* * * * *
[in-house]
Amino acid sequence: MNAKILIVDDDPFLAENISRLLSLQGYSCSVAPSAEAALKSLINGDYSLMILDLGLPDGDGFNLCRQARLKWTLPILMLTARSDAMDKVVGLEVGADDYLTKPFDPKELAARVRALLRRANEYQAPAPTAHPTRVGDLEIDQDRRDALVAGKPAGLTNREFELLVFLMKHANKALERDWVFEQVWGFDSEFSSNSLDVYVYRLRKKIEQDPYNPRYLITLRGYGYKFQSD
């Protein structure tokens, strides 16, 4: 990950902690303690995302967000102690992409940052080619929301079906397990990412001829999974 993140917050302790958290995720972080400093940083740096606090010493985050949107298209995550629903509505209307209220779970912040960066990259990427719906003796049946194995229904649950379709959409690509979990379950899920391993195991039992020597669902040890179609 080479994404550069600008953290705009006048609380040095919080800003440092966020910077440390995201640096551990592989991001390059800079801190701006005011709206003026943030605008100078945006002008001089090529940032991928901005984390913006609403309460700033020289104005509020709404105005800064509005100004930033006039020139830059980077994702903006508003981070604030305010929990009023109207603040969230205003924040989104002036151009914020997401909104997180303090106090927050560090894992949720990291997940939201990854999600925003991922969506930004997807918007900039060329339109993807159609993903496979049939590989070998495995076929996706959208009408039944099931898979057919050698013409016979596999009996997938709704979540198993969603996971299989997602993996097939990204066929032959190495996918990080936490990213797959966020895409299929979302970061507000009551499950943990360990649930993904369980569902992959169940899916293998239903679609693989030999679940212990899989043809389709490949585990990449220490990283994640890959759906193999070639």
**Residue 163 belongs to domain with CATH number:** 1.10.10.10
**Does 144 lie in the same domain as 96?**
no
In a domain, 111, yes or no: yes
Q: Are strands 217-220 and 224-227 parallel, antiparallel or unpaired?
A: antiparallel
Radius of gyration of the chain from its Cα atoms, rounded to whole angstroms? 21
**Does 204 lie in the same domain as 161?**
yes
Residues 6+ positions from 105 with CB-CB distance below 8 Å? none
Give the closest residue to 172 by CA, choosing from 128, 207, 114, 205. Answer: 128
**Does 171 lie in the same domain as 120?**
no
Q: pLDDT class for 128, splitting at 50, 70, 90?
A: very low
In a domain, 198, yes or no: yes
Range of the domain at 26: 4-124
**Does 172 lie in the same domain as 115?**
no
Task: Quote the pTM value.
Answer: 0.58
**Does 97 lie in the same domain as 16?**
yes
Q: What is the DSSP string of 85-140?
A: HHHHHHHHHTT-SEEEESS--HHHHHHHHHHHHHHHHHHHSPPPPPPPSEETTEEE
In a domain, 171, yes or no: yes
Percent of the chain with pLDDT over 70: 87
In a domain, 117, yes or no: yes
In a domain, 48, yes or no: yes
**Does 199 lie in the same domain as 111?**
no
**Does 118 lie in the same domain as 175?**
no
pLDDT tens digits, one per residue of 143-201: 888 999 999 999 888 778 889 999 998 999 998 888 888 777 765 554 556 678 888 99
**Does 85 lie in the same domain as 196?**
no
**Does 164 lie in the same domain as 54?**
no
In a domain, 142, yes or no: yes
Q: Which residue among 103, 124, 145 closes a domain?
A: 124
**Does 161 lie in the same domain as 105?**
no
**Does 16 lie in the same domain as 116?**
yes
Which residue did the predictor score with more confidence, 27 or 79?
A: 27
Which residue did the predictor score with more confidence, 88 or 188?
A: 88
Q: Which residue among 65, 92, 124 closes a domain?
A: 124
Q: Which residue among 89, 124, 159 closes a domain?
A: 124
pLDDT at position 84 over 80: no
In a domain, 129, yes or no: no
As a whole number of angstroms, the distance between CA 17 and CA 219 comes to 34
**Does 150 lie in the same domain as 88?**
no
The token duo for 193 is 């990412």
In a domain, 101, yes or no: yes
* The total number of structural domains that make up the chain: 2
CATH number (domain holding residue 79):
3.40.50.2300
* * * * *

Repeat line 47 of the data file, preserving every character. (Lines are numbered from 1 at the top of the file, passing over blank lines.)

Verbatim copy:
**Does 16 lie in the same domain as 116?**